July 2021 - Day Creek Ranch West & Silver Crest Stable Welcomes Kamila Dupont Dressage
Written by by Kamila Dupont
Friday, 02 July 2021 02:29

by Kamila Dupont

I started riding as a kid with a horse in Florida. As a teenager, I moved to Westchester County NY with my family, and joined Pony Club at Sunnyfield Farm. The seed for Dressage was sown when I began lessons with a German Riding Master, Richard Waetjen.


It was to be years later, watching Hilda Gurney ride in the Montreal Olympics that the buried dream became a full-blown reality. I started training with Hilda in the early 1980’s. I went professional and got sponsors and was fortunate that they provided wonderful horses for me to compete. In 1983, I received a USET European training grant and went to Germany for the first time. What a mind-expanding trip that was! In 1984 I competed in the Olympic Trials. By 1990, I felt I needed help with our horse Nebelhorn and wanted to train in Europe, specifically Germany. Fortunately, I was able to work with the legendary Herbert Rehbein. Not only did I learn how to ride better, I was able to see the reason for their success in equestrian sports. It is a combination of the depth of their breeding programs, their work ethic and a national program to educate and promote youngsters in all the disciplines. Every small village has a riding hall where children learn the classic principles of riding, and every big town has facilities where there are schoolmasters who can bring them into the more serious sport of Dressage. I stated riding dressage when I was 15, some of the Germans start when they are 10, hey! even 5!     

Kamila and Perignon last summer, Intermediare 1

Short version, I had two extended stays in Germany, the first one for two years, the second one for 5 years, separated by 7 years in-between in Florida and California.

I made the “A” List for the USET and was allowed to compete for the US in International Competitions in Europe from 2001-2005 as well as German National Tests. In 2006, when my contract with my sponsor was up, I chose to return to California. Re-inventing myself took a while, but my hard work has paid off and I continue to show and train partnerships to the USDF Medal Levels.

Teaching was always a personal passion, hopefully I will continue to educate and inspire others on their journeys. My latest project is called Wellness Through Dressage. Helping horses and rider maintain radiant health throughout life is the focus of my daily work. In the past, I was driven to succeed in competition, now I have a reached a point where my goal is the long term well-being of myself, my students and their horses.  

To reach that goal, I dreamed of a facility where I could bring this lifestyle to fruition. As fate would have it, Hunter/Jumper trainer Shauna Pennell had a dressage arena at her new barn and invited me to join her.  A philosophy we share is that Life is all about balance. The right amount of work, rest and play is at the heart of happy horses and humans.  Collaborating with trainers from other disciplines is always rewarding and I’m looking forward to being at Day Creek Ranch with Shauna.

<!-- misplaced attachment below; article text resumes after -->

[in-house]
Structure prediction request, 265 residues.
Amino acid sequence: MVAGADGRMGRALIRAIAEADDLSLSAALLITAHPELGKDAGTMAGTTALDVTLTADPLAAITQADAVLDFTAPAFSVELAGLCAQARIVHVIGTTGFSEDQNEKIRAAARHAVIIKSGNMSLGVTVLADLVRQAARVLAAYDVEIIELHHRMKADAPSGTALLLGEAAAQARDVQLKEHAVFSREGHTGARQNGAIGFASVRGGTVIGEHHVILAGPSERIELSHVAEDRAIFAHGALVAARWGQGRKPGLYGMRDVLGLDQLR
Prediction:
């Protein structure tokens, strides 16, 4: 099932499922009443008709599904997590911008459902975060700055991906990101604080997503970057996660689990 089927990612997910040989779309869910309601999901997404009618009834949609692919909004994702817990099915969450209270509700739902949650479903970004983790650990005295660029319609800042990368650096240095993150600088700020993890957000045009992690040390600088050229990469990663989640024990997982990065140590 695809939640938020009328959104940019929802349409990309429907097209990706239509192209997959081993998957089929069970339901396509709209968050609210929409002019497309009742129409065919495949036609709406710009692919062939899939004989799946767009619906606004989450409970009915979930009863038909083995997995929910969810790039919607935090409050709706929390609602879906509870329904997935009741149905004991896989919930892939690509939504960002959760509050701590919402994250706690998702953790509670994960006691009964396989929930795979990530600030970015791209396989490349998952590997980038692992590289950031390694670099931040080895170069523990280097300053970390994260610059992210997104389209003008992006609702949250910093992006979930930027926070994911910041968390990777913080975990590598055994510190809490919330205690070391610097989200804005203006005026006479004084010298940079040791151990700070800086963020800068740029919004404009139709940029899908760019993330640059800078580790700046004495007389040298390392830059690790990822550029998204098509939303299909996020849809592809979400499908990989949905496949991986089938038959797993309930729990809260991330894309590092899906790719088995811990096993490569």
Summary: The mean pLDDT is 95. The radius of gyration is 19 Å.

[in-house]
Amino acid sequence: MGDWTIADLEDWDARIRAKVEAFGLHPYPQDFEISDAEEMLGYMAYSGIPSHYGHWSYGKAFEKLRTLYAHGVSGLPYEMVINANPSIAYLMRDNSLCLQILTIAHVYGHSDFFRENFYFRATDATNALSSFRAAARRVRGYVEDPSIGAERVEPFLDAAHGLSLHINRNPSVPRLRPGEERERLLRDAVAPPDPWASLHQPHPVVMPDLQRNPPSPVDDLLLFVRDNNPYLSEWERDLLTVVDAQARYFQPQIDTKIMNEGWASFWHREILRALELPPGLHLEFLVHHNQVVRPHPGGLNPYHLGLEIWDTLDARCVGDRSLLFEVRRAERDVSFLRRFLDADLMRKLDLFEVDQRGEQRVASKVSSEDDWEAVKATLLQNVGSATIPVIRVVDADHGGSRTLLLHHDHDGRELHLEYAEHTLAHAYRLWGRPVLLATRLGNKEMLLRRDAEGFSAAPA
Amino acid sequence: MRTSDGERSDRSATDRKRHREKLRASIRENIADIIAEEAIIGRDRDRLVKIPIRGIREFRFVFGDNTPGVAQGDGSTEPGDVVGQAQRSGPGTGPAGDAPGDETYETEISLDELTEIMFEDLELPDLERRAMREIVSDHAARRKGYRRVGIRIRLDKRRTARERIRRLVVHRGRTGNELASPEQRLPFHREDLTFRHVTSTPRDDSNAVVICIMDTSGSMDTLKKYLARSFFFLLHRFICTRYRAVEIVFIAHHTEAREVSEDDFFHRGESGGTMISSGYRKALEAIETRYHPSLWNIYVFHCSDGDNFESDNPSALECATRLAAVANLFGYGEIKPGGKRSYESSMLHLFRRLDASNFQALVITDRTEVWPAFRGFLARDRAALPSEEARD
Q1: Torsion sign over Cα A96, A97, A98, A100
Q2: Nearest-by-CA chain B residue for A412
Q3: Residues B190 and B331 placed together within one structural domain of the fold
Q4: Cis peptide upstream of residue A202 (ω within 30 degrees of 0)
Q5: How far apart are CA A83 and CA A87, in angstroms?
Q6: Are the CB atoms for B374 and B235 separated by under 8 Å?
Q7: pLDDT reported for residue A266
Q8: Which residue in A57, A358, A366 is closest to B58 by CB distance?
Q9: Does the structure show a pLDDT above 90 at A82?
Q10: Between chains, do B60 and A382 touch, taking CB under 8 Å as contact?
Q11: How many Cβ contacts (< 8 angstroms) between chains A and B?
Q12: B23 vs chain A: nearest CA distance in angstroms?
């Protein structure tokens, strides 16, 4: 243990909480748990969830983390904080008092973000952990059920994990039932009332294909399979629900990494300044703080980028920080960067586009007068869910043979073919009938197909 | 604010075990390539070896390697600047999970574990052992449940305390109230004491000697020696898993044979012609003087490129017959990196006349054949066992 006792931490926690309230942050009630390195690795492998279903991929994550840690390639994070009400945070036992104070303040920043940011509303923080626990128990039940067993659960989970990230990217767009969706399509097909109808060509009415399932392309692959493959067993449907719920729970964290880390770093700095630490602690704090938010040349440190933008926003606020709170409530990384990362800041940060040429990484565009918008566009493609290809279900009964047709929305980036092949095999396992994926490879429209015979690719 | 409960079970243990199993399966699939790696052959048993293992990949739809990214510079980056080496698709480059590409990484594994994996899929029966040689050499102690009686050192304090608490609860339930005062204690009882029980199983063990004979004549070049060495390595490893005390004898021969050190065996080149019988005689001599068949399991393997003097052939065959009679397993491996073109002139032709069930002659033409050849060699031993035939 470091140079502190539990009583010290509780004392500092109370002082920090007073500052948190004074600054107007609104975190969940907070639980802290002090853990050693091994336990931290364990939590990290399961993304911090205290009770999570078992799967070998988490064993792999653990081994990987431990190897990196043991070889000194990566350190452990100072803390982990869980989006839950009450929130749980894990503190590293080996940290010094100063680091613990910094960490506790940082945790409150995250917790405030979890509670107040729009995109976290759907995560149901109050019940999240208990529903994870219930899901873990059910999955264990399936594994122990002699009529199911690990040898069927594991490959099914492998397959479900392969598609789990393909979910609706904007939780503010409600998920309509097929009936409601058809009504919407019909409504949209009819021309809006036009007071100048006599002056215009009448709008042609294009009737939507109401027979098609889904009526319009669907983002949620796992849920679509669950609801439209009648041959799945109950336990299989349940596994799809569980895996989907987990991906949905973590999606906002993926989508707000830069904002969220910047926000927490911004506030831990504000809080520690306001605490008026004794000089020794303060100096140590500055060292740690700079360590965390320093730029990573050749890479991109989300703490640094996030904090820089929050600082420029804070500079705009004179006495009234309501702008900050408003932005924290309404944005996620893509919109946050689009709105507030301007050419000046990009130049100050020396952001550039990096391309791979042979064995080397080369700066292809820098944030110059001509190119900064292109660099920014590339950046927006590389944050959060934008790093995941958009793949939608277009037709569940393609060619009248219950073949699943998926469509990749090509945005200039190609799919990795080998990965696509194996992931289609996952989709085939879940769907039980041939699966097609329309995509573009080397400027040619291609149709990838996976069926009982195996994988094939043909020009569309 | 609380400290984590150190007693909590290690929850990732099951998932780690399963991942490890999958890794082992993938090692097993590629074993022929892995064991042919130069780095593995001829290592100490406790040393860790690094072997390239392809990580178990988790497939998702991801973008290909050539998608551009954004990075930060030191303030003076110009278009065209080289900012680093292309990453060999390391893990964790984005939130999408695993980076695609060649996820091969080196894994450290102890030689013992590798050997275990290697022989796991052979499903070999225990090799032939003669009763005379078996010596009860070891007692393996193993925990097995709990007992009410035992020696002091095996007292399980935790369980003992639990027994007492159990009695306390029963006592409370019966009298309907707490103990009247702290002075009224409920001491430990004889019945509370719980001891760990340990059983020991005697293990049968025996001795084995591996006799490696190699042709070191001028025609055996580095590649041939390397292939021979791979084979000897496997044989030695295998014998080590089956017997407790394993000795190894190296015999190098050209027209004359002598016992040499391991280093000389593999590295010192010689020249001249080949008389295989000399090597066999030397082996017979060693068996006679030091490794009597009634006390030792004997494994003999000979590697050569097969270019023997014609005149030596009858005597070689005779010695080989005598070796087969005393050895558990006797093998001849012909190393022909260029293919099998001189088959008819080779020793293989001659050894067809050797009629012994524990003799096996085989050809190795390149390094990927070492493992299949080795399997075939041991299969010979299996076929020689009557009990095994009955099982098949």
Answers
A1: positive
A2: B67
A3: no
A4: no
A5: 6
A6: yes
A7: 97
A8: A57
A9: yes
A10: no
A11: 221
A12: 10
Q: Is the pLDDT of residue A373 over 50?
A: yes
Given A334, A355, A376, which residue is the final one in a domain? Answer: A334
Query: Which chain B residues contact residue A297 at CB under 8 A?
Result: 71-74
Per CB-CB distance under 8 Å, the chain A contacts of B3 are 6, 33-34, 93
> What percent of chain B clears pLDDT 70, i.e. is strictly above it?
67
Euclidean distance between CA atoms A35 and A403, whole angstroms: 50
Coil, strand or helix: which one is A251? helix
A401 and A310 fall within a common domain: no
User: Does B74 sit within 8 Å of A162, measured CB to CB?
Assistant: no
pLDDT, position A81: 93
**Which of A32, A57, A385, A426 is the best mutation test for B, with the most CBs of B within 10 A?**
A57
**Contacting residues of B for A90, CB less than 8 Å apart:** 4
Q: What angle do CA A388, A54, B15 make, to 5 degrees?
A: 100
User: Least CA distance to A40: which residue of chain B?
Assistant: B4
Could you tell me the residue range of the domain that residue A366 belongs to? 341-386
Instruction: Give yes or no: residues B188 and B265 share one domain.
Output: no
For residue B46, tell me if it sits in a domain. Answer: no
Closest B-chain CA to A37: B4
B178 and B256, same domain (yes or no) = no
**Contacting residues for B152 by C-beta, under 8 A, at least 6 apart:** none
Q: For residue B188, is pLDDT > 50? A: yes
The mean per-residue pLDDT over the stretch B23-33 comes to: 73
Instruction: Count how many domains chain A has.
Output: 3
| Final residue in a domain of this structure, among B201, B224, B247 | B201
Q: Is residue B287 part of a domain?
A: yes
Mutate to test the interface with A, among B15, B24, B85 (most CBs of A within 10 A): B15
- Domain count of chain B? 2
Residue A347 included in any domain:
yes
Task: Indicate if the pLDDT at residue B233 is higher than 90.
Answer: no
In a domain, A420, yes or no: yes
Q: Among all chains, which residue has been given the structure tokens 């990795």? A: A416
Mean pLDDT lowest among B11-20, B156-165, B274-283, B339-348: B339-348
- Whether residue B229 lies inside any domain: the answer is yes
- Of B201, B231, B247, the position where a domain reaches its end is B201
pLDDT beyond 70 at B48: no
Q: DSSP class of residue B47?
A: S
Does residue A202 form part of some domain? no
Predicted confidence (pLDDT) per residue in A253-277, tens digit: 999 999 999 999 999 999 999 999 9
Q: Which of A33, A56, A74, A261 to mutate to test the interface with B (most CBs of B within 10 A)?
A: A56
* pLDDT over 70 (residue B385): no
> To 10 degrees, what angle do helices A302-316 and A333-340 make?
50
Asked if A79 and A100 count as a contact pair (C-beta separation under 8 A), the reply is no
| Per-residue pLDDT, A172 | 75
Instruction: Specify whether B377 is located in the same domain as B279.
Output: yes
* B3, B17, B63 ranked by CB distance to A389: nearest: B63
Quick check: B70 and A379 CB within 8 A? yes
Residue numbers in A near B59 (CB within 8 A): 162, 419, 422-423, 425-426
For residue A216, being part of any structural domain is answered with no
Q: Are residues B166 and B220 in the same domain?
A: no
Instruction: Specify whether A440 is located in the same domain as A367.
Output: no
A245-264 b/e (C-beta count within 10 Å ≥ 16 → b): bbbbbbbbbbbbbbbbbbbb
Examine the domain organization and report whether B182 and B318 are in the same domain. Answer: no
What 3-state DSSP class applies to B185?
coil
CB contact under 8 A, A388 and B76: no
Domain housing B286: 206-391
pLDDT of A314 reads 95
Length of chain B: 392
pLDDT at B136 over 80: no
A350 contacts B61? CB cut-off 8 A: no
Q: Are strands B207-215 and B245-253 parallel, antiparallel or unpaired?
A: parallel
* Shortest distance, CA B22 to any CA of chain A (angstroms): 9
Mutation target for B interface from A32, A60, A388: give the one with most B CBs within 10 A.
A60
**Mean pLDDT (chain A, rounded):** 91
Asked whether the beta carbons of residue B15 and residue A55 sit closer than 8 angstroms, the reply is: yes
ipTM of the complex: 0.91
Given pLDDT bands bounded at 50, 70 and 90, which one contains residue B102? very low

Visit www.KamilaDupont.com for more information.

 

 
July 2021 - Dropping Stirrups
Written by by AQHA Professional Horseman Lynn Palm with Christine Hamilton
Friday, 02 July 2021 02:08

by AQHA Professional Horseman Lynn Palm with Christine Hamilton

Learning to ride without stirrups is a huge confidence builder as a rider.It’s a way to gain a deeper seat and better balance through your seat without squeezing your thighs or legs.

When you first start to ride, you want a shorter stirrup so you have a tighter leg. But as you get to be a better rider, you want to elongate your leg so you can sit deeper in the saddle to get a full swing and more use of your leg and foot. That’s true whether you are riding English or western events. Riding without stirrups will help you achieve that.


It also helps your confidence and skill if you lose your stirrup or stirrups in a class or in a maneuver. With or without your stirrups, you know how to maintain your balance as a rider.

To practice riding without stirrups, you can cross your stirrups over your horse’s withers so they don’t flop around and hit your foot. You do that also in a class if the judge calls for an entire pattern to be ridden without stirrups. If you are asked to drop your stirrups on the rail or if you are asked to do only part of a pattern without them, don’t cross them over.

 

Troubleshooting Dropped Stirrups

When you drop – or lose – your stirrups, one big problem can be picking them back up - especially with an English stirrup. When a rider cannot pick up a stirrup, it’s usually because she is lifting her leg as she tries to pick up the stirrup, bending the knee.

In a western saddle, you can lift your leg up to pick up your stirrup because that nice, big, thick western fender of leather keeps the stirrup in place.

But put a rider in an English saddle with that little-bitty stirrup leather, and if she lifts her leg, it releases the stirrup leather and the stirrup moves around.

To do it right, keep your leg in the correct position and just move your ankle. When you drop a stirrup, you have to turn your toe out and let the stirrup out. When you pick it up, you simply turn your toe in, grab the stirrup with your toe and wiggle it into position at the ball of your foot.

If you feel like you are losing your balance, a common instinct is to squeeze or grip with your legs. But when you do that, it pushes your weight upward and you’ll have a harder time maintaining your balance. Instead, lengthen your leg.
 
Rider’s Tip

If you want to be a better western rider in dropping and picking up your stirrup, put yourself in an English saddle and that will really teach you the art of picking up your stirrups without changing your leg position.